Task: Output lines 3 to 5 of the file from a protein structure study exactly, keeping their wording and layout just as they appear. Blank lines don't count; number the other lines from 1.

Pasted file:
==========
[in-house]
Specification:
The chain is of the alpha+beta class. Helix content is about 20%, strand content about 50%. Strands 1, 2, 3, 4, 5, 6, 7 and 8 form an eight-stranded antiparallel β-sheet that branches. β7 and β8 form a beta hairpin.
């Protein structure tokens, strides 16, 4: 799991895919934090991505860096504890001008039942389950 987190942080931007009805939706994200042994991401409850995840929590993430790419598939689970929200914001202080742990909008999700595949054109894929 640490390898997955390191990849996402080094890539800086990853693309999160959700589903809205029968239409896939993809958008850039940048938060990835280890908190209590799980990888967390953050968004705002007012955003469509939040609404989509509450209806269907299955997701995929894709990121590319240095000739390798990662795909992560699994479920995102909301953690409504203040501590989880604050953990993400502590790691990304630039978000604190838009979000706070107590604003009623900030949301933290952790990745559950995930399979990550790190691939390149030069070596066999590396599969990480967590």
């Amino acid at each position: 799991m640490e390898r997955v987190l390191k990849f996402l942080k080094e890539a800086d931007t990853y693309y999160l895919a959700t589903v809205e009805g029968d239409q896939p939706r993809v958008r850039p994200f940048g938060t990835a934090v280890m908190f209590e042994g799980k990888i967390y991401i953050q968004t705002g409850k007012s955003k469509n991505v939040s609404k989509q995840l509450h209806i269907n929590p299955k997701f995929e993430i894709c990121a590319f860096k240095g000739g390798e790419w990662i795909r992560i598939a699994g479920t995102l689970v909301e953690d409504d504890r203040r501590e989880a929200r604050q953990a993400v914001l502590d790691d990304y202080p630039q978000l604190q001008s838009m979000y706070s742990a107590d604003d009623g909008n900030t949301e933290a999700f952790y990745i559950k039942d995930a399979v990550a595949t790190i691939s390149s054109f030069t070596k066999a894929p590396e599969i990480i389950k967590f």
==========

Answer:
The chain is of the alpha+beta class. Helix content is about 20%, strand content about 50%. Strands 1, 2, 3, 4, 5, 6, 7 and 8 form an eight-stranded antiparallel β-sheet that branches. β7 and β8 form a beta hairpin.
């Protein structure tokens, strides 16, 4: 799991895919934090991505860096504890001008039942389950 987190942080931007009805939706994200042994991401409850995840929590993430790419598939689970929200914001202080742990909008999700595949054109894929 640490390898997955390191990849996402080094890539800086990853693309999160959700589903809205029968239409896939993809958008850039940048938060990835280890908190209590799980990888967390953050968004705002007012955003469509939040609404989509509450209806269907299955997701995929894709990121590319240095000739390798990662795909992560699994479920995102909301953690409504203040501590989880604050953990993400502590790691990304630039978000604190838009979000706070107590604003009623900030949301933290952790990745559950995930399979990550790190691939390149030069070596066999590396599969990480967590």
């Amino acid at each position: 799991m640490e390898r997955v987190l390191k990849f996402l942080k080094e890539a800086d931007t990853y693309y999160l895919a959700t589903v809205e009805g029968d239409q896939p939706r993809v958008r850039p994200f940048g938060t990835a934090v280890m908190f209590e042994g799980k990888i967390y991401i953050q968004t705002g409850k007012s955003k469509n991505v939040s609404k989509q995840l509450h209806i269907n929590p299955k997701f995929e993430i894709c990121a590319f860096k240095g000739g390798e790419w990662i795909r992560i598939a699994g479920t995102l689970v909301e953690d409504d504890r203040r501590e989880a929200r604050q953990a993400v914001l502590d790691d990304y202080p630039q978000l604190q001008s838009m979000y706070s742990a107590d604003d009623g909008n900030t949301e933290a999700f952790y990745i559950k039942d995930a399979v990550a595949t790190i691939s390149s054109f030069t070596k066999a894929p590396e599969i990480i389950k967590f």